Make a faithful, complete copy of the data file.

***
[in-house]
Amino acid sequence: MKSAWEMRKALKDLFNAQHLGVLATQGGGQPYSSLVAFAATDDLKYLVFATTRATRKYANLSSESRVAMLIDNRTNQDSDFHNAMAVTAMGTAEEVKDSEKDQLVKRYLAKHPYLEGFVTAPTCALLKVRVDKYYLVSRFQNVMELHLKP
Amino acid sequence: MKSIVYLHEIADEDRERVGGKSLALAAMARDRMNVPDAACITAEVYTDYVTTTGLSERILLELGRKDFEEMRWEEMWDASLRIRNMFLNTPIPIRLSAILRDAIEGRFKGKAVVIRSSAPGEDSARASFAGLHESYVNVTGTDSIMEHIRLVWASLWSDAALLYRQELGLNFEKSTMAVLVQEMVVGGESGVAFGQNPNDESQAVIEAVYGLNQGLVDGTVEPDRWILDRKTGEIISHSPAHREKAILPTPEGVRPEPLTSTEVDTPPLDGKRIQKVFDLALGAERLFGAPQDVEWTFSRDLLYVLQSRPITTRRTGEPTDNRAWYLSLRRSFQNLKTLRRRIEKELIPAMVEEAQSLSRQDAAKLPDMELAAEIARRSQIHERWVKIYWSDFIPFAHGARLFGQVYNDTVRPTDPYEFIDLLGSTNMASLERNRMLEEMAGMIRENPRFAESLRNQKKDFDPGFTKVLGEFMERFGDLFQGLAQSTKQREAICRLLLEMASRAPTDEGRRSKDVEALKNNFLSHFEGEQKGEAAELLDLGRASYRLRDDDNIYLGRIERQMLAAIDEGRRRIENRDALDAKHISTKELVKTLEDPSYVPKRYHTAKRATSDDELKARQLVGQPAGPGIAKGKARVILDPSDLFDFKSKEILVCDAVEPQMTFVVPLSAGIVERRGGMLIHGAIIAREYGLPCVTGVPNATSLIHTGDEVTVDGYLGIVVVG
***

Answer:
[in-house]
Amino acid sequence: MKSAWEMRKALKDLFNAQHLGVLATQGGGQPYSSLVAFAATDDLKYLVFATTRATRKYANLSSESRVAMLIDNRTNQDSDFHNAMAVTAMGTAEEVKDSEKDQLVKRYLAKHPYLEGFVTAPTCALLKVRVDKYYLVSRFQNVMELHLKP
Amino acid sequence: MKSIVYLHEIADEDRERVGGKSLALAAMARDRMNVPDAACITAEVYTDYVTTTGLSERILLELGRKDFEEMRWEEMWDASLRIRNMFLNTPIPIRLSAILRDAIEGRFKGKAVVIRSSAPGEDSARASFAGLHESYVNVTGTDSIMEHIRLVWASLWSDAALLYRQELGLNFEKSTMAVLVQEMVVGGESGVAFGQNPNDESQAVIEAVYGLNQGLVDGTVEPDRWILDRKTGEIISHSPAHREKAILPTPEGVRPEPLTSTEVDTPPLDGKRIQKVFDLALGAERLFGAPQDVEWTFSRDLLYVLQSRPITTRRTGEPTDNRAWYLSLRRSFQNLKTLRRRIEKELIPAMVEEAQSLSRQDAAKLPDMELAAEIARRSQIHERWVKIYWSDFIPFAHGARLFGQVYNDTVRPTDPYEFIDLLGSTNMASLERNRMLEEMAGMIRENPRFAESLRNQKKDFDPGFTKVLGEFMERFGDLFQGLAQSTKQREAICRLLLEMASRAPTDEGRRSKDVEALKNNFLSHFEGEQKGEAAELLDLGRASYRLRDDDNIYLGRIERQMLAAIDEGRRRIENRDALDAKHISTKELVKTLEDPSYVPKRYHTAKRATSDDELKARQLVGQPAGPGIAKGKARVILDPSDLFDFKSKEILVCDAVEPQMTFVVPLSAGIVERRGGMLIHGAIIAREYGLPCVTGVPNATSLIHTGDEVTVDGYLGIVVVG